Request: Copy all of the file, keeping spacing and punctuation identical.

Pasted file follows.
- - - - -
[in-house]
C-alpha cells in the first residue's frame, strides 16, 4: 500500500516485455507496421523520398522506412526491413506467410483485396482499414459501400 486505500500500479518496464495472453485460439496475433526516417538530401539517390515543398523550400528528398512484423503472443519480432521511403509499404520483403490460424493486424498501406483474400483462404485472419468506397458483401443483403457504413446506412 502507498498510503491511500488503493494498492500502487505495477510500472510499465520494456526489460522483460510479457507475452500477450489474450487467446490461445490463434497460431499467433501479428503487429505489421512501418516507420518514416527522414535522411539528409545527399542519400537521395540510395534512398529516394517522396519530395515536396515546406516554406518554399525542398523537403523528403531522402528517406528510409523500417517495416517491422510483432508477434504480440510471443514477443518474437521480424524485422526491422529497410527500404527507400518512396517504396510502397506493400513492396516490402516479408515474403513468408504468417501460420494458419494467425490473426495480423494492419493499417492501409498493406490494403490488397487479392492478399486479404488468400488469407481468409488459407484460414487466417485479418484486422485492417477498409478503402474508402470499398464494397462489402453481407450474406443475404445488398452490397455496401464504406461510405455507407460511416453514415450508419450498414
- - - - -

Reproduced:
[in-house]
C-alpha cells in the first residue's frame, strides 16, 4: 500500500516485455507496421523520398522506412526491413506467410483485396482499414459501400 486505500500500479518496464495472453485460439496475433526516417538530401539517390515543398523550400528528398512484423503472443519480432521511403509499404520483403490460424493486424498501406483474400483462404485472419468506397458483401443483403457504413446506412 502507498498510503491511500488503493494498492500502487505495477510500472510499465520494456526489460522483460510479457507475452500477450489474450487467446490461445490463434497460431499467433501479428503487429505489421512501418516507420518514416527522414535522411539528409545527399542519400537521395540510395534512398529516394517522396519530395515536396515546406516554406518554399525542398523537403523528403531522402528517406528510409523500417517495416517491422510483432508477434504480440510471443514477443518474437521480424524485422526491422529497410527500404527507400518512396517504396510502397506493400513492396516490402516479408515474403513468408504468417501460420494458419494467425490473426495480423494492419493499417492501409498493406490494403490488397487479392492478399486479404488468400488469407481468409488459407484460414487466417485479418484486422485492417477498409478503402474508402470499398464494397462489402453481407450474406443475404445488398452490397455496401464504406461510405455507407460511416453514415450508419450498414